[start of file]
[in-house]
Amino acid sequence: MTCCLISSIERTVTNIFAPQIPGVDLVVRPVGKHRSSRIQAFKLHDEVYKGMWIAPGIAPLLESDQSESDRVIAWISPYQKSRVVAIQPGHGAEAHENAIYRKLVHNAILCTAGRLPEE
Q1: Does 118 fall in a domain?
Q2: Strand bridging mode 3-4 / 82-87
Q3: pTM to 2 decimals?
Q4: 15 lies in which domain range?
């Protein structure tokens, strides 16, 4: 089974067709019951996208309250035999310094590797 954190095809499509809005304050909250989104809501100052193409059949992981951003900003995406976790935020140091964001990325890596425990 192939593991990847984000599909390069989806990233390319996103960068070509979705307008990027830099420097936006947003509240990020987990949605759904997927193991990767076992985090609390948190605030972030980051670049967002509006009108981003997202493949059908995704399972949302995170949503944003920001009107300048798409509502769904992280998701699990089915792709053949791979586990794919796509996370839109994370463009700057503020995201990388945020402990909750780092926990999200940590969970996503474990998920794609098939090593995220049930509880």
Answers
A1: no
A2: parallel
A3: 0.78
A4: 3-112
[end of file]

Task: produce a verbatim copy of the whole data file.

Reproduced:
[in-house]
Amino acid sequence: MTCCLISSIERTVTNIFAPQIPGVDLVVRPVGKHRSSRIQAFKLHDEVYKGMWIAPGIAPLLESDQSESDRVIAWISPYQKSRVVAIQPGHGAEAHENAIYRKLVHNAILCTAGRLPEE
Q1: Does 118 fall in a domain?
Q2: Strand bridging mode 3-4 / 82-87
Q3: pTM to 2 decimals?
Q4: 15 lies in which domain range?
């Protein structure tokens, strides 16, 4: 089974067709019951996208309250035999310094590797 954190095809499509809005304050909250989104809501100052193409059949992981951003900003995406976790935020140091964001990325890596425990 192939593991990847984000599909390069989806990233390319996103960068070509979705307008990027830099420097936006947003509240990020987990949605759904997927193991990767076992985090609390948190605030972030980051670049967002509006009108981003997202493949059908995704399972949302995170949503944003920001009107300048798409509502769904992280998701699990089915792709053949791979586990794919796509996370839109994370463009700057503020995201990388945020402990909750780092926990999200940590969970996503474990998920794609098939090593995220049930509880």
Answers
A1: no
A2: parallel
A3: 0.78
A4: 3-112